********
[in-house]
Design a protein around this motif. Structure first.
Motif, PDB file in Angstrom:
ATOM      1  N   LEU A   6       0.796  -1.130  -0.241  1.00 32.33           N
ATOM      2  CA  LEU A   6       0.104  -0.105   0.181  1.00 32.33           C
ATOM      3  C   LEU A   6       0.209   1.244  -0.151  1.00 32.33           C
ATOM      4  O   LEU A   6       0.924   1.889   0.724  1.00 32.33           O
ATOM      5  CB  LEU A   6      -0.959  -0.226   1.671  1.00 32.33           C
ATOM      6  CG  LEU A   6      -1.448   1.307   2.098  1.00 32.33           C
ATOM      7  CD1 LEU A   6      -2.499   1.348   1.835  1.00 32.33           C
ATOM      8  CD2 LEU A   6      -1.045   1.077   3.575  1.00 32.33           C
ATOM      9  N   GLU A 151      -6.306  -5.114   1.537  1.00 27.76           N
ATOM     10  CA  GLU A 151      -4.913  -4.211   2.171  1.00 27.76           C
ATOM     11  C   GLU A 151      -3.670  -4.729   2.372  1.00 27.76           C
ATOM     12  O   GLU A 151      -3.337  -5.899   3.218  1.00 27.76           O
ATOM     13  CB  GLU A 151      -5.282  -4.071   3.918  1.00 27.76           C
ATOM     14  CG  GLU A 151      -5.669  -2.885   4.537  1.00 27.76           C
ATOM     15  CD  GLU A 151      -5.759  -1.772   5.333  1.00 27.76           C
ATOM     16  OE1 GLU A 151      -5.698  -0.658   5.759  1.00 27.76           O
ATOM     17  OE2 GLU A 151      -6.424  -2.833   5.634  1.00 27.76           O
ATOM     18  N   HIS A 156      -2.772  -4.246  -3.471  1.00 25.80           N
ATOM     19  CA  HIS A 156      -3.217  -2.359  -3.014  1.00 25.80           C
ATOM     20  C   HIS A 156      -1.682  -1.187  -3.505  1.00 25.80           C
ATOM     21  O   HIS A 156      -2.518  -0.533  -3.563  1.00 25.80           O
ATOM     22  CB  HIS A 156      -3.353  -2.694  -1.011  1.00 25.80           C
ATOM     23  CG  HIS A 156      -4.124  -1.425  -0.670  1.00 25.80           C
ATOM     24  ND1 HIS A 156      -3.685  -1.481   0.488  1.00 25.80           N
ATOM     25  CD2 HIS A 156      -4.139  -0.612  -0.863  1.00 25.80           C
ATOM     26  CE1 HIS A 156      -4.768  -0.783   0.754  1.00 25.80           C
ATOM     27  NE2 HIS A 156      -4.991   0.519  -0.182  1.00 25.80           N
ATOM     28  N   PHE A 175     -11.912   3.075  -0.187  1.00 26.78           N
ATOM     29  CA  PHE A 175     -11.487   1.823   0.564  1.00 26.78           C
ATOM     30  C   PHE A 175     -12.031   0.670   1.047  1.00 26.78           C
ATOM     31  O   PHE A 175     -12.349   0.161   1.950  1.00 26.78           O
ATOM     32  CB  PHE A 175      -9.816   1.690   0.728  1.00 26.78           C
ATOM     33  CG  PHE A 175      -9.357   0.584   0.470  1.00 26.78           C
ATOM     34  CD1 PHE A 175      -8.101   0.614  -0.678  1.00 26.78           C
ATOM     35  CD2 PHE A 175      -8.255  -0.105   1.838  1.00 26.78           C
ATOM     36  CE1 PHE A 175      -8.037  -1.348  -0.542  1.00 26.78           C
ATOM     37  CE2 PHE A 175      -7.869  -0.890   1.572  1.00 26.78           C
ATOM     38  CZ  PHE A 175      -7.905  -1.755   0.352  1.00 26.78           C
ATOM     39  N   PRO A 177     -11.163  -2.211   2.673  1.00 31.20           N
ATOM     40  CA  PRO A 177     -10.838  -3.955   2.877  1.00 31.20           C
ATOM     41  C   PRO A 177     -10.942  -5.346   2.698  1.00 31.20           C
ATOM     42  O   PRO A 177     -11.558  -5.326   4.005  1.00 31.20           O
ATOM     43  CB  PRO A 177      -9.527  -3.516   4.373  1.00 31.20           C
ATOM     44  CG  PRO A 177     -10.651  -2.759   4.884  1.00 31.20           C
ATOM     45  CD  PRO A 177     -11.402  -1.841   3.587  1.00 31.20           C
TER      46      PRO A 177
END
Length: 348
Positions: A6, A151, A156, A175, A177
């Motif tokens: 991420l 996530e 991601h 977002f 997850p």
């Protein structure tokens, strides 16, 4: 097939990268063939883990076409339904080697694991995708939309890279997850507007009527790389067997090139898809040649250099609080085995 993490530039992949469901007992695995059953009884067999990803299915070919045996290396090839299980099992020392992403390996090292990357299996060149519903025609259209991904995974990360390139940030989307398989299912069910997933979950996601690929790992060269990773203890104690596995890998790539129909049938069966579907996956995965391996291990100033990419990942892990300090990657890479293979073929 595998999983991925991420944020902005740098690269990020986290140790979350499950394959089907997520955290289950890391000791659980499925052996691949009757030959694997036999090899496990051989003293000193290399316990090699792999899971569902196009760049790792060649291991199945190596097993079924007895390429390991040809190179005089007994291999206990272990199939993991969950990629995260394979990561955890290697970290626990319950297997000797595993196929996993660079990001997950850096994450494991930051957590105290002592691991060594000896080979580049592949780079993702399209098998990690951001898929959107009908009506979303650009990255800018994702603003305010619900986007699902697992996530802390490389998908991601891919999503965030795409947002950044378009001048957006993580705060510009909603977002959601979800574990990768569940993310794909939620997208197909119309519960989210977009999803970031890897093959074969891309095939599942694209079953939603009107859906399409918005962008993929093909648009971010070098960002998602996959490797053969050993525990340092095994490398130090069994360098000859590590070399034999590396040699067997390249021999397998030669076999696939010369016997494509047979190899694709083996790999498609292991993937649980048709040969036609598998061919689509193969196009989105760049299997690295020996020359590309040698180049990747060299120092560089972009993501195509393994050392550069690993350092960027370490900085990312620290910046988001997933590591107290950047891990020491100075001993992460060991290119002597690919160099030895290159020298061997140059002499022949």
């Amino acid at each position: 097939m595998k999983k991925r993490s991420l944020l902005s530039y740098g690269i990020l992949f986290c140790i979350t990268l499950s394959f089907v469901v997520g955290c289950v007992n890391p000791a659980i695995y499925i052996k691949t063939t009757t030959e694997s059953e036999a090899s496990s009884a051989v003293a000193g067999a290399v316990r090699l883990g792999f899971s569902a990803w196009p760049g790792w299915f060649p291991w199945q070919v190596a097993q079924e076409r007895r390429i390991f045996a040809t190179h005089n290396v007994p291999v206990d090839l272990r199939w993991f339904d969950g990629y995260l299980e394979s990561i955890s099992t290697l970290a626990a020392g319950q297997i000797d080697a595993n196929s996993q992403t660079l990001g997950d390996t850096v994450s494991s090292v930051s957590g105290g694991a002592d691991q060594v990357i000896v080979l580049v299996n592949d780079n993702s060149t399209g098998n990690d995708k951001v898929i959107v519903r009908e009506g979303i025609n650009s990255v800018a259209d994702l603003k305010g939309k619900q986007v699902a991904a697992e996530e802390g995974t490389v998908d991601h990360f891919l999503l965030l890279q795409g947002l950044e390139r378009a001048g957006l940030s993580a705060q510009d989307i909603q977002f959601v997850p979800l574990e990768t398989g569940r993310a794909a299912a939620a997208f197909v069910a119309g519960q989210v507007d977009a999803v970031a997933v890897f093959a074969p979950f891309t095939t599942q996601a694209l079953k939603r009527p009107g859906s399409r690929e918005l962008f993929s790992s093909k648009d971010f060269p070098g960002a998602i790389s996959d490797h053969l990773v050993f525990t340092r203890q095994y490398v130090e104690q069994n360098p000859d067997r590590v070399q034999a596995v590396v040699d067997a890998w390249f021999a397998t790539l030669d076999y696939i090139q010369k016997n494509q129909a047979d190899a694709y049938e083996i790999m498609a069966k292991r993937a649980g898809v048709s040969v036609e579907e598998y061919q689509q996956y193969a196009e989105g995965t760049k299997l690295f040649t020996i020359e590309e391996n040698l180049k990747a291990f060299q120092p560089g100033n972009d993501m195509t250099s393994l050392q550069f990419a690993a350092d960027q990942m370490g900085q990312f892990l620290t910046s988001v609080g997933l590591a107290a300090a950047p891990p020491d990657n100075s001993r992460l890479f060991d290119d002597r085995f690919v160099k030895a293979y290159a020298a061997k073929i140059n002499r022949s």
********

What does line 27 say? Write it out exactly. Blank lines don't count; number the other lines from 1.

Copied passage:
ATOM     24  ND1 HIS A 156      -3.685  -1.481   0.488  1.00 25.80           N